Athanase v R (CN 5/2014 Appeal from Magistrates Court decision 61,64/2013) [2016] SCSC 460 (21 June 2016);

 

IN THE SUPREME COURT OF SEYCHELLES

Criminal Side: CN 5/2014

Appeal from Magistrates Court decision 61,64/2013

 

       [2016] SCSC 460

 

 

ELVIS ATHANASE

Appellant

 

 

 

versus

 

THE REPUBLIC

 

Heard:                         21 June 2016

Counsel:                      Mr Gabriel for the Appellant

                                    Ms Rongmei,  for the Republic

Delivered:                   21 June 2016

 


JUDGMENT


Akiiki-Kiiza J

 

[1]                The Appellant was on the 30th of December 2013, convicted of the offence of breaking and entering into a building and committing a felony therein Contra Section 291 (a) of the Penal Code and was sentenced to a term of 8 years imprisonment. The learned trial Magistrate ordered this sentence to run consecutive to another previous Sentence of 8 years; hence making it a total of 16 years. The Appellant was dissatisfied with the above conviction, sentence and orders and lodged this Appeal to the Supreme Court.

[2]               The following grounds were formulated in his memorandum of appeal.

(A) Against Conviction:-

(1)  That the learned magistrate erred in law in having admitted the facts pertaining to       the plea of guilty of the Appellant when in actual fact it was the Appellant’s    attorney who had admitted the facts contrary to law.

(B) Against Sentence:- 

(2)   That the Sentence imposed by the learned Magistrate was manifestly harsh, excessive             and wrong in principle as the Appellant was already serving a term of 8 years    imprisonment.

(3)   That the learned Magistrate failed to consider the principle of totality of sentences      when sentencing the Appellant. He therefore prayed for the allowing of the appeal          and the quashing of conviction and the setting aside of the Sentence.

 

  1. At the hearing, Mr Nicole Gabriel represented the Appellant and Mr Khalyaan appeared before the Respondent.

 

  1. The lower Court record has the following entries entered on the 5th of December 2013 (Second page of the proceedings) quoted;

            “   Republic: Republic by Mrs Youpa.

                 Accused: Present (Mr Guy Ferley)

                 Republic: The case for plea.

                 Accused: Yes it is. Would the charge be put to my client?

                 Charge Read

                 Accused: I am guilty.

                 Court: A guilty plea is entered on the record against the Accused person. Would    the prosecution narrate the facts?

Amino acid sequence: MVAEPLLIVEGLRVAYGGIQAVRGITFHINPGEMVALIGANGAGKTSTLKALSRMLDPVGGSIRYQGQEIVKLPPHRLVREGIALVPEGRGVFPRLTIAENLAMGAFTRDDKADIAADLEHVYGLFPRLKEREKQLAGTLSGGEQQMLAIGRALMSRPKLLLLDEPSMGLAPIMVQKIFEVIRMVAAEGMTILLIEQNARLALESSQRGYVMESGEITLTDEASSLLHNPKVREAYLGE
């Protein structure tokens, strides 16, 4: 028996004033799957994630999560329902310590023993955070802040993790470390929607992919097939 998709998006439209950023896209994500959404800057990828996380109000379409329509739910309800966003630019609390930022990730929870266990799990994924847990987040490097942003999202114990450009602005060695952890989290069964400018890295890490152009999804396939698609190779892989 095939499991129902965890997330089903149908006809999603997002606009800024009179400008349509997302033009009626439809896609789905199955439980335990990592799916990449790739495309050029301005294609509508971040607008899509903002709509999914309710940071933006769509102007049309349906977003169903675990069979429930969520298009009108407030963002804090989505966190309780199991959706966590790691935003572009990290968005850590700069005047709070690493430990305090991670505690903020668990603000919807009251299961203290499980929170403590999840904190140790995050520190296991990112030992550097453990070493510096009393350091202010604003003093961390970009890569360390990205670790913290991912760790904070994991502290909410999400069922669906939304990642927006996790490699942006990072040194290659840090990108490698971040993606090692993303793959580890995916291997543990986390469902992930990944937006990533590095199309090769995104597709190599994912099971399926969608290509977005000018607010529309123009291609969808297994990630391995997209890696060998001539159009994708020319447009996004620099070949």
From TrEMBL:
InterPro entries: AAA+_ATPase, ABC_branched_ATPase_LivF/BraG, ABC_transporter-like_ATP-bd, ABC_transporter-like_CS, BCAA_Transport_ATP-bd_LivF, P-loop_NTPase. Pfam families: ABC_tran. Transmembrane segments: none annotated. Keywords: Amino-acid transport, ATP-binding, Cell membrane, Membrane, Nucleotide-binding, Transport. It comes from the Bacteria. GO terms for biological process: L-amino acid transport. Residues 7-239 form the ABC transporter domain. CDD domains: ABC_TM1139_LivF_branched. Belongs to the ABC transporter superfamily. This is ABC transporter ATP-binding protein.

Republic: As per charge sheet.

                 Court: Are the facts admitted?

                 Defence: Yes the fact(s) are admitted.

                 Court: The Accused person is convicted on his own guilty plea to the charge in       the                  Court. "

 

  1. It is clear that from the above extract that the word “Defence” connotes the defence counsel, as the Accused person is referred to in the proceedings as the “Accused”. This is contrary to the provision of Section 181 (2) of the Criminal Procedure Code and the principles initiated in the case of Estico vs The Republic [2014] SLR 483. This position of the law was again re-emphasized in the recent case of Freddy Francis vs the Republic [2016] SCSC 392 or (Criminal Appeal Number CN 39/2014). The position of the law is that, it is only the Accused person who had the right to accept, deny or indeed dispute the correctness of some or all of the facts narrated by the prosecution. He is the only person who has the primary knowledge of exactly what he did or what took place at the time of committing the crime. Nobody else, his counsel inclusive, can take that place. Otherwise the plea would be held to be equivocal and cannot be allowed to stand.

 

  1. In the premises therefore the conviction based on the purported admission of the facts by the Appellant’s advocate (Defence) had rendered the plea equivocal and the conviction entered by the learned trial Magistrate cannot be allowed to stand and must be quashed.

 

  1. Given the fact that this is a 2013 case, and the Appellant has already served a substantial illegal sentence imposed on him, I will not order for a retrial which would ordinarily have been the case. This finding however does not affect the other cases not dealt with by this Court and are not the subject of an appeal here.

 

  1. Given the quashing of the Conviction, I would not bother to consider the grounds raised in respect of the Sentence, as it would be a moot question.

 

  1. All in all this appeal succeeds to the above extend only. Order accordingly.

 

 

 

Signed, dated and delivered at Ile du Port on 1 July 2016

 

 

 

 

 

D. Akiiki-Kiiza

Judge of the Supreme Court